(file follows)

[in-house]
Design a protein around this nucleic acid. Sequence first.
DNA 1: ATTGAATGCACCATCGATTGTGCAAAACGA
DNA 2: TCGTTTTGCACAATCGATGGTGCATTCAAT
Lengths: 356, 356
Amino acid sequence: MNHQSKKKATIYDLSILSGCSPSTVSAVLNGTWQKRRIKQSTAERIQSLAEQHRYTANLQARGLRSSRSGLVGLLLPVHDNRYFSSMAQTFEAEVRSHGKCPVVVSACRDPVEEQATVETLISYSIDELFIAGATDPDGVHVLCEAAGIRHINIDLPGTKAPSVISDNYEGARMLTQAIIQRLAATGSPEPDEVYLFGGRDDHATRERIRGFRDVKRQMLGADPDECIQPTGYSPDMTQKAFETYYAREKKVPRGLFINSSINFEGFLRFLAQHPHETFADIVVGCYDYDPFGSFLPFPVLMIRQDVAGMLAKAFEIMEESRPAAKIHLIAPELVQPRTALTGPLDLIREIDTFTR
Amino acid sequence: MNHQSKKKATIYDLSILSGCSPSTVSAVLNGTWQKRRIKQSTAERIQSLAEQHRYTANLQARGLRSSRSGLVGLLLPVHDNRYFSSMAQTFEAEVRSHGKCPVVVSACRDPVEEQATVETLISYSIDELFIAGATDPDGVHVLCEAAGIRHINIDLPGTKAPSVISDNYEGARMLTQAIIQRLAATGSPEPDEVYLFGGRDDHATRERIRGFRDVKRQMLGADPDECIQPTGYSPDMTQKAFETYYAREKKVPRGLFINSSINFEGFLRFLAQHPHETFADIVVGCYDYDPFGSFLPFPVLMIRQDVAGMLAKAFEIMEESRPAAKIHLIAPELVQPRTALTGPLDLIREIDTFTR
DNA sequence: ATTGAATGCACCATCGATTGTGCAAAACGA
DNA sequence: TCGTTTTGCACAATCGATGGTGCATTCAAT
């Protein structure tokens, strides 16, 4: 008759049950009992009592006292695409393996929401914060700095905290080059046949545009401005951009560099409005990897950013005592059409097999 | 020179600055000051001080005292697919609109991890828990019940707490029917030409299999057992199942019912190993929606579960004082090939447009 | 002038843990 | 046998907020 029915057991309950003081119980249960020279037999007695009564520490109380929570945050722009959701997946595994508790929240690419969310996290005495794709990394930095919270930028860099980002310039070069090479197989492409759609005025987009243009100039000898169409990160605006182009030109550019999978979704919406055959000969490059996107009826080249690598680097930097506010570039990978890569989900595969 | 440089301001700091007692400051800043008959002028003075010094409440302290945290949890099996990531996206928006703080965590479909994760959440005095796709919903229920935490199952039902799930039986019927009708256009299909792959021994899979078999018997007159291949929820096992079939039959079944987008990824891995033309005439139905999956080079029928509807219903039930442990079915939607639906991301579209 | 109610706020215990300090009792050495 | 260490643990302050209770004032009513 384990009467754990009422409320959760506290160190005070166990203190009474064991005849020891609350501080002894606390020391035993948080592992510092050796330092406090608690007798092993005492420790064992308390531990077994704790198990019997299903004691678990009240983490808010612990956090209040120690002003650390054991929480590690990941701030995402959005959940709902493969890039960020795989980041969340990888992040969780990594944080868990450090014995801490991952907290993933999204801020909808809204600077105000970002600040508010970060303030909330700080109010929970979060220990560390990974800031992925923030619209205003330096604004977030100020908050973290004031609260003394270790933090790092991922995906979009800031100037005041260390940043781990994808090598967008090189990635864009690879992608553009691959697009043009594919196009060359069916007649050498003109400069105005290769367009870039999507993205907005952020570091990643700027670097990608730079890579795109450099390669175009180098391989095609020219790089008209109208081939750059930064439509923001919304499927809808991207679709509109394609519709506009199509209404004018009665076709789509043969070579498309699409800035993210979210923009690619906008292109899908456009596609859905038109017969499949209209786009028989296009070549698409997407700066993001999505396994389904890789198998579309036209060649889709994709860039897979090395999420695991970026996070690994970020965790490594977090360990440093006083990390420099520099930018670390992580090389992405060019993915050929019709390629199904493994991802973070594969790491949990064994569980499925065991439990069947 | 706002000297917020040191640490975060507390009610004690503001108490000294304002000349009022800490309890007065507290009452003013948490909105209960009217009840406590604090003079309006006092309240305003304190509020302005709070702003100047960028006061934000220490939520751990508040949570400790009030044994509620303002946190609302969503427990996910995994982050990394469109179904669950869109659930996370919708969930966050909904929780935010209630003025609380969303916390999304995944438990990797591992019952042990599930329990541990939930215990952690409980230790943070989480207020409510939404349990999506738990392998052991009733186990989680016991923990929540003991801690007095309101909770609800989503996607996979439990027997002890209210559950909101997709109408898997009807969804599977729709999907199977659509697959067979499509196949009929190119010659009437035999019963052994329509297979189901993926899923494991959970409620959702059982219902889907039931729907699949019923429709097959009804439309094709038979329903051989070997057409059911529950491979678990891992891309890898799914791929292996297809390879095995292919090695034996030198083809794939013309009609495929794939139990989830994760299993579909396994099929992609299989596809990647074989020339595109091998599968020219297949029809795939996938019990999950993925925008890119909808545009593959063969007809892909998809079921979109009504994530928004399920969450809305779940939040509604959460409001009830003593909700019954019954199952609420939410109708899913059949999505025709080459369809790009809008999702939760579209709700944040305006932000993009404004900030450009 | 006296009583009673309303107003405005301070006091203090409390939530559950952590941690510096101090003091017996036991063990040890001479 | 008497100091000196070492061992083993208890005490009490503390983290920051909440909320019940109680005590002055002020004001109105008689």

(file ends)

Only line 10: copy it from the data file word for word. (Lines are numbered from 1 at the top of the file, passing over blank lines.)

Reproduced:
């Protein structure tokens, strides 16, 4: 008759049950009992009592006292695409393996929401914060700095905290080059046949545009401005951009560099409005990897950013005592059409097999 | 020179600055000051001080005292697919609109991890828990019940707490029917030409299999057992199942019912190993929606579960004082090939447009 | 002038843990 | 046998907020 029915057991309950003081119980249960020279037999007695009564520490109380929570945050722009959701997946595994508790929240690419969310996290005495794709990394930095919270930028860099980002310039070069090479197989492409759609005025987009243009100039000898169409990160605006182009030109550019999978979704919406055959000969490059996107009826080249690598680097930097506010570039990978890569989900595969 | 440089301001700091007692400051800043008959002028003075010094409440302290945290949890099996990531996206928006703080965590479909994760959440005095796709919903229920935490199952039902799930039986019927009708256009299909792959021994899979078999018997007159291949929820096992079939039959079944987008990824891995033309005439139905999956080079029928509807219903039930442990079915939607639906991301579209 | 109610706020215990300090009792050495 | 260490643990302050209770004032009513 384990009467754990009422409320959760506290160190005070166990203190009474064991005849020891609350501080002894606390020391035993948080592992510092050796330092406090608690007798092993005492420790064992308390531990077994704790198990019997299903004691678990009240983490808010612990956090209040120690002003650390054991929480590690990941701030995402959005959940709902493969890039960020795989980041969340990888992040969780990594944080868990450090014995801490991952907290993933999204801020909808809204600077105000970002600040508010970060303030909330700080109010929970979060220990560390990974800031992925923030619209205003330096604004977030100020908050973290004031609260003394270790933090790092991922995906979009800031100037005041260390940043781990994808090598967008090189990635864009690879992608553009691959697009043009594919196009060359069916007649050498003109400069105005290769367009870039999507993205907005952020570091990643700027670097990608730079890579795109450099390669175009180098391989095609020219790089008209109208081939750059930064439509923001919304499927809808991207679709509109394609519709506009199509209404004018009665076709789509043969070579498309699409800035993210979210923009690619906008292109899908456009596609859905038109017969499949209209786009028989296009070549698409997407700066993001999505396994389904890789198998579309036209060649889709994709860039897979090395999420695991970026996070690994970020965790490594977090360990440093006083990390420099520099930018670390992580090389992405060019993915050929019709390629199904493994991802973070594969790491949990064994569980499925065991439990069947 | 706002000297917020040191640490975060507390009610004690503001108490000294304002000349009022800490309890007065507290009452003013948490909105209960009217009840406590604090003079309006006092309240305003304190509020302005709070702003100047960028006061934000220490939520751990508040949570400790009030044994509620303002946190609302969503427990996910995994982050990394469109179904669950869109659930996370919708969930966050909904929780935010209630003025609380969303916390999304995944438990990797591992019952042990599930329990541990939930215990952690409980230790943070989480207020409510939404349990999506738990392998052991009733186990989680016991923990929540003991801690007095309101909770609800989503996607996979439990027997002890209210559950909101997709109408898997009807969804599977729709999907199977659509697959067979499509196949009929190119010659009437035999019963052994329509297979189901993926899923494991959970409620959702059982219902889907039931729907699949019923429709097959009804439309094709038979329903051989070997057409059911529950491979678990891992891309890898799914791929292996297809390879095995292919090695034996030198083809794939013309009609495929794939139990989830994760299993579909396994099929992609299989596809990647074989020339595109091998599968020219297949029809795939996938019990999950993925925008890119909808545009593959063969007809892909998809079921979109009504994530928004399920969450809305779940939040509604959460409001009830003593909700019954019954199952609420939410109708899913059949999505025709080459369809790009809008999702939760579209709700944040305006932000993009404004900030450009 | 006296009583009673309303107003405005301070006091203090409390939530559950952590941690510096101090003091017996036991063990040890001479 | 008497100091000196070492061992083993208890005490009490503390983290920051909440909320019940109680005590002055002020004001109105008689």